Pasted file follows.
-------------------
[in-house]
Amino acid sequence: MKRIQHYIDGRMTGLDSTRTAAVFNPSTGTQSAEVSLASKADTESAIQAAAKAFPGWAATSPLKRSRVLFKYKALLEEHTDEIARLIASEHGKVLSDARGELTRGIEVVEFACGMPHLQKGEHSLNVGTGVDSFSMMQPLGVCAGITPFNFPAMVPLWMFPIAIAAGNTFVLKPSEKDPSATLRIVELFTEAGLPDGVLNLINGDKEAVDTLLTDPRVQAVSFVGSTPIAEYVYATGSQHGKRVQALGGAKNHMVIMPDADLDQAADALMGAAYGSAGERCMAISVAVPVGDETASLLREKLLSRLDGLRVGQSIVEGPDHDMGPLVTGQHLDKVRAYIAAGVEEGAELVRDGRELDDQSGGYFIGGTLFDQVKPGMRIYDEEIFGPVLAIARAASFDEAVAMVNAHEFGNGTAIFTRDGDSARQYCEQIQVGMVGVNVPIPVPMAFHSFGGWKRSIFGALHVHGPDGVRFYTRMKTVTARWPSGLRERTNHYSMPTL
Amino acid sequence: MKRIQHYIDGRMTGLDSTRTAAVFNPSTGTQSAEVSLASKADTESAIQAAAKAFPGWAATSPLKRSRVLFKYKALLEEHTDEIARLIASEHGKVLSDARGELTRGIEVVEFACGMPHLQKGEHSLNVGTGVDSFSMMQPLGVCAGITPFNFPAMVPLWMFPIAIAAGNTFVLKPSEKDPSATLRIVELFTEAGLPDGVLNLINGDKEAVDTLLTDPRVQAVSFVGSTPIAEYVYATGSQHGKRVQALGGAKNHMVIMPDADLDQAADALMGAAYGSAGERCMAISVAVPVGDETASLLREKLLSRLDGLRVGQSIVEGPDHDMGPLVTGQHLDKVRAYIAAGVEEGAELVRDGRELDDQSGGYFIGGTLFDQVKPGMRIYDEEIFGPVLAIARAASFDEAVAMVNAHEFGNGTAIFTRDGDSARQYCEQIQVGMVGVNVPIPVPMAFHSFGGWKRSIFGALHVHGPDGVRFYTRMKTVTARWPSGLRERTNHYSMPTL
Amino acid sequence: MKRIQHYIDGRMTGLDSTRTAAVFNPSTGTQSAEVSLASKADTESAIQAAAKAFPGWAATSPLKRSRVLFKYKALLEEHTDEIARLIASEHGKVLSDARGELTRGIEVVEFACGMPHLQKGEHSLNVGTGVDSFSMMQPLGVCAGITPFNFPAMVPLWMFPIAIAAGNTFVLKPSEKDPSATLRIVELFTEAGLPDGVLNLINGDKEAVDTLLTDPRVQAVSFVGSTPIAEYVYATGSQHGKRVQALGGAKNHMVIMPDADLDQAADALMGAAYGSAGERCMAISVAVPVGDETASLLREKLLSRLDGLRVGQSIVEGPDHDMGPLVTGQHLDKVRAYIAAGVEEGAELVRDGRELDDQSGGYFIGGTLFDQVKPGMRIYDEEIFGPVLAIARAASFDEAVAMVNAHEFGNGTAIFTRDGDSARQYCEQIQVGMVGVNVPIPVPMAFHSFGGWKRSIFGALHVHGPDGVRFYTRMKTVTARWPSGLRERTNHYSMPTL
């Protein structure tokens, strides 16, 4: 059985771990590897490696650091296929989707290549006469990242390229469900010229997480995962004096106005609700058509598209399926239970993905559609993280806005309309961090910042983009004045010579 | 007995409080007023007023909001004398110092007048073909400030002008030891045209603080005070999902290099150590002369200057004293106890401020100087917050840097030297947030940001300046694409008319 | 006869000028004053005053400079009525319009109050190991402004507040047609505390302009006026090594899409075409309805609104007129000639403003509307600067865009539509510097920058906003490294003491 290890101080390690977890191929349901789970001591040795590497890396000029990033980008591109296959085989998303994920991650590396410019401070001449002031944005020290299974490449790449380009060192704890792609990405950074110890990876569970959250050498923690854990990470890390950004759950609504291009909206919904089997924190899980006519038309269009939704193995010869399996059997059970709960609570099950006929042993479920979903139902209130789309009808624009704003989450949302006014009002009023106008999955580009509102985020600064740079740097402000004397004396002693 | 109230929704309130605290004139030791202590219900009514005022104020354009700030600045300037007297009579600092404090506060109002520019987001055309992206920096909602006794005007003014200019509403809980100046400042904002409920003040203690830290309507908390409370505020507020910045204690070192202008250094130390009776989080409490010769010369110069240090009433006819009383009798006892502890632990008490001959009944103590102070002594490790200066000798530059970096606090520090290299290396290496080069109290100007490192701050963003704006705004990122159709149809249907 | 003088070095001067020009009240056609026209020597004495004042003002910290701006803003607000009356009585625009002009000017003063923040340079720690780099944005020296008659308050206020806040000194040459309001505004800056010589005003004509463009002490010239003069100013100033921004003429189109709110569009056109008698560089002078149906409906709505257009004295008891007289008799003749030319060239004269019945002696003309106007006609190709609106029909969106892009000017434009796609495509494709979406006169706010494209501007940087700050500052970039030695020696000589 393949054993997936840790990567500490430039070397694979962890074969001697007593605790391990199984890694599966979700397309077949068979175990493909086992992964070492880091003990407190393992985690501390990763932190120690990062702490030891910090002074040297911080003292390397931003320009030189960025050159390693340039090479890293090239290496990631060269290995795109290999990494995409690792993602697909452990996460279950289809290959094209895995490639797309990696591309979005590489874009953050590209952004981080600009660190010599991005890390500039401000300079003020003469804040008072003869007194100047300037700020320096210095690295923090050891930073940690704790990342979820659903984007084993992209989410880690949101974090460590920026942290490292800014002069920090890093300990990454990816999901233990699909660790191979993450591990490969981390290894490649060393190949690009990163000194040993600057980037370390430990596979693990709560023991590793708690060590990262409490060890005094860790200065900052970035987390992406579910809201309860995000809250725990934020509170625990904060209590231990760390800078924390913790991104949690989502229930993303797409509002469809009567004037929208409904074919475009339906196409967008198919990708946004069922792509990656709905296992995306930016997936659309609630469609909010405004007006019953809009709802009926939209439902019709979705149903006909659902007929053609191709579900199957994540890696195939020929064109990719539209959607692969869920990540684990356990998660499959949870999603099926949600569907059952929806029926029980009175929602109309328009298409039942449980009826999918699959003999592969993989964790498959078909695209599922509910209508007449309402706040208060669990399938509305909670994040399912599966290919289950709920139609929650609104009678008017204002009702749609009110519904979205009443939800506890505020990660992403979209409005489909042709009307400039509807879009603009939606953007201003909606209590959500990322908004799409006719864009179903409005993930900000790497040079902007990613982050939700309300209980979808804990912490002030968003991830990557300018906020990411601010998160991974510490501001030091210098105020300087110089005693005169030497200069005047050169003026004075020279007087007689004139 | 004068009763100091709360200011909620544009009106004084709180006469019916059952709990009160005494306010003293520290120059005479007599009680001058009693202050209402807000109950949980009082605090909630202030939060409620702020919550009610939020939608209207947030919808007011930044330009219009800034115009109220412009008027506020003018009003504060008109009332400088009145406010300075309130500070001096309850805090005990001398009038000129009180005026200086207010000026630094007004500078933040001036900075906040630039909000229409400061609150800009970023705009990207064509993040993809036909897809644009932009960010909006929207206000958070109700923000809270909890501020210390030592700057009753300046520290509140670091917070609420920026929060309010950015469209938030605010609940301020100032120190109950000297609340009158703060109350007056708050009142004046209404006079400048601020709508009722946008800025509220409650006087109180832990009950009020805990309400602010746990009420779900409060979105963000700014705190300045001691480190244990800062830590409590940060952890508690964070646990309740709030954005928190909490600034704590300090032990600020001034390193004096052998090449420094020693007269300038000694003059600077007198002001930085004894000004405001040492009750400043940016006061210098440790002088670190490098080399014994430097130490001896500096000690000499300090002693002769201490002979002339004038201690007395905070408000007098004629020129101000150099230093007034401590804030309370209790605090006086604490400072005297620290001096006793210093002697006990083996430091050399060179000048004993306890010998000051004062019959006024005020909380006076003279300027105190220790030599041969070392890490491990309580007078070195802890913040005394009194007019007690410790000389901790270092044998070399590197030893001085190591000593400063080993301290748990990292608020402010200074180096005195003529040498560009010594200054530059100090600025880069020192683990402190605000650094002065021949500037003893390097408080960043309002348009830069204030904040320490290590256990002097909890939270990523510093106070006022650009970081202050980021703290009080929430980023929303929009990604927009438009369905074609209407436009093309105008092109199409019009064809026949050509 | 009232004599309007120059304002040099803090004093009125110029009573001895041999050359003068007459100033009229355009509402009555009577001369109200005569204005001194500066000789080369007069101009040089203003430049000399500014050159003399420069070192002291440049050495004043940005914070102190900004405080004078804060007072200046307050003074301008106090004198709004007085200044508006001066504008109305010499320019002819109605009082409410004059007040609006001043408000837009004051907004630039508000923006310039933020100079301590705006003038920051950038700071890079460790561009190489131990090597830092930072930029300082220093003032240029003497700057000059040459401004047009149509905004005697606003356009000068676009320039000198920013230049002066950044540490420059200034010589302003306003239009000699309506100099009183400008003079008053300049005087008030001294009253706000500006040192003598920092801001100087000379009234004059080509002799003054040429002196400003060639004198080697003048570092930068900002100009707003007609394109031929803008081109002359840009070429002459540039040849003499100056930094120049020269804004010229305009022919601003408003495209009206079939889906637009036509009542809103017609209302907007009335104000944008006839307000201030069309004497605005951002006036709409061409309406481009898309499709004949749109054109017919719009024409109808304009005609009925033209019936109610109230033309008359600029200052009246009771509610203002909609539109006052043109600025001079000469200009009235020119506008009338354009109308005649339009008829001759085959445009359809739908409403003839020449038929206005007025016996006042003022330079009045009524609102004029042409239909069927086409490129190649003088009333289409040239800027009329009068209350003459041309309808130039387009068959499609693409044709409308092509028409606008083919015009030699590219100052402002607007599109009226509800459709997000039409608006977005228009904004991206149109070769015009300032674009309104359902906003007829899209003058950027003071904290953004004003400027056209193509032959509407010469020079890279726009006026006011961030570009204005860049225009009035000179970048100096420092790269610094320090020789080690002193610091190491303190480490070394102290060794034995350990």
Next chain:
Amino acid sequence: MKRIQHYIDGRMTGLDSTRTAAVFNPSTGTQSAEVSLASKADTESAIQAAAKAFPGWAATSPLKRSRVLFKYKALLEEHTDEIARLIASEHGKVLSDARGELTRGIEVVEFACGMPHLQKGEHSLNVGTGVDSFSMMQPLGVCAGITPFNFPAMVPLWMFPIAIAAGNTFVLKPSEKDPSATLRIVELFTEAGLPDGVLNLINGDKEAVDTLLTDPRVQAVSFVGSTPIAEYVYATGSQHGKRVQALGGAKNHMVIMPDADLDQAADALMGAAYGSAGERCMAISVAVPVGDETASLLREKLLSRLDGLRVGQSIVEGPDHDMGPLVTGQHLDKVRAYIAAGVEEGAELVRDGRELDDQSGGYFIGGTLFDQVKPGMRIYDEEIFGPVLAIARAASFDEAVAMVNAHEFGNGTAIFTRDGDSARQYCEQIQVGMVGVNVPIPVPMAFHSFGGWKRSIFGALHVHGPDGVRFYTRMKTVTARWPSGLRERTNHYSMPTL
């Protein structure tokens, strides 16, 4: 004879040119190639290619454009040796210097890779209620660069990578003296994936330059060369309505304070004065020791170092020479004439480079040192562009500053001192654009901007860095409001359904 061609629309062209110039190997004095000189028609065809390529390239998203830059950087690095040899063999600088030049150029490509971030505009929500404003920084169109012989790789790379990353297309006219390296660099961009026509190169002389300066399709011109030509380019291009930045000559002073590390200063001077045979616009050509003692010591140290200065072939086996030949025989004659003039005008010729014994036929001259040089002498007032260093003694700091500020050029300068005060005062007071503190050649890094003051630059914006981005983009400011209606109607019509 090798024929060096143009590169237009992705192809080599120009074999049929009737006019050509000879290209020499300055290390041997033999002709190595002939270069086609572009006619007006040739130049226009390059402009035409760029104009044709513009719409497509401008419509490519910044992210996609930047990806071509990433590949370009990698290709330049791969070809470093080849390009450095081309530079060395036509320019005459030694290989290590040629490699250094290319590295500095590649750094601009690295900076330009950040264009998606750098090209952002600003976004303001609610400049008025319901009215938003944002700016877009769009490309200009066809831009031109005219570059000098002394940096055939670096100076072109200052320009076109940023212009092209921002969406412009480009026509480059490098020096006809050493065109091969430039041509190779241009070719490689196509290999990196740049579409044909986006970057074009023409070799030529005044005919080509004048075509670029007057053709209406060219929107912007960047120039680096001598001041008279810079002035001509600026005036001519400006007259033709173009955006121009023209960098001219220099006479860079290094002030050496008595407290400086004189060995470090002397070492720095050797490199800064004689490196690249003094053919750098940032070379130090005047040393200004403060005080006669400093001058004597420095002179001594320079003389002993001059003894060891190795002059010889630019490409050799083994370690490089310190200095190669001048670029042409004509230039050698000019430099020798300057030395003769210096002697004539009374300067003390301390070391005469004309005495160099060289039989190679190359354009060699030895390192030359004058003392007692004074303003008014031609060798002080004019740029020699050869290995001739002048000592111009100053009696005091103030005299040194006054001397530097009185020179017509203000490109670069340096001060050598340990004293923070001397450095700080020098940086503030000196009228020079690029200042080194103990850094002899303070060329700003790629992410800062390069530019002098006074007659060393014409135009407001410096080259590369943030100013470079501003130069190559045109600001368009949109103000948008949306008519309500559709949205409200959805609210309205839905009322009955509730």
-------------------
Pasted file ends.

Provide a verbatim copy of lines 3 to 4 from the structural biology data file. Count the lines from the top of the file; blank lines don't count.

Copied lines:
Amino acid sequence: MKRIQHYIDGRMTGLDSTRTAAVFNPSTGTQSAEVSLASKADTESAIQAAAKAFPGWAATSPLKRSRVLFKYKALLEEHTDEIARLIASEHGKVLSDARGELTRGIEVVEFACGMPHLQKGEHSLNVGTGVDSFSMMQPLGVCAGITPFNFPAMVPLWMFPIAIAAGNTFVLKPSEKDPSATLRIVELFTEAGLPDGVLNLINGDKEAVDTLLTDPRVQAVSFVGSTPIAEYVYATGSQHGKRVQALGGAKNHMVIMPDADLDQAADALMGAAYGSAGERCMAISVAVPVGDETASLLREKLLSRLDGLRVGQSIVEGPDHDMGPLVTGQHLDKVRAYIAAGVEEGAELVRDGRELDDQSGGYFIGGTLFDQVKPGMRIYDEEIFGPVLAIARAASFDEAVAMVNAHEFGNGTAIFTRDGDSARQYCEQIQVGMVGVNVPIPVPMAFHSFGGWKRSIFGALHVHGPDGVRFYTRMKTVTARWPSGLRERTNHYSMPTL
Amino acid sequence: MKRIQHYIDGRMTGLDSTRTAAVFNPSTGTQSAEVSLASKADTESAIQAAAKAFPGWAATSPLKRSRVLFKYKALLEEHTDEIARLIASEHGKVLSDARGELTRGIEVVEFACGMPHLQKGEHSLNVGTGVDSFSMMQPLGVCAGITPFNFPAMVPLWMFPIAIAAGNTFVLKPSEKDPSATLRIVELFTEAGLPDGVLNLINGDKEAVDTLLTDPRVQAVSFVGSTPIAEYVYATGSQHGKRVQALGGAKNHMVIMPDADLDQAADALMGAAYGSAGERCMAISVAVPVGDETASLLREKLLSRLDGLRVGQSIVEGPDHDMGPLVTGQHLDKVRAYIAAGVEEGAELVRDGRELDDQSGGYFIGGTLFDQVKPGMRIYDEEIFGPVLAIARAASFDEAVAMVNAHEFGNGTAIFTRDGDSARQYCEQIQVGMVGVNVPIPVPMAFHSFGGWKRSIFGALHVHGPDGVRFYTRMKTVTARWPSGLRERTNHYSMPTL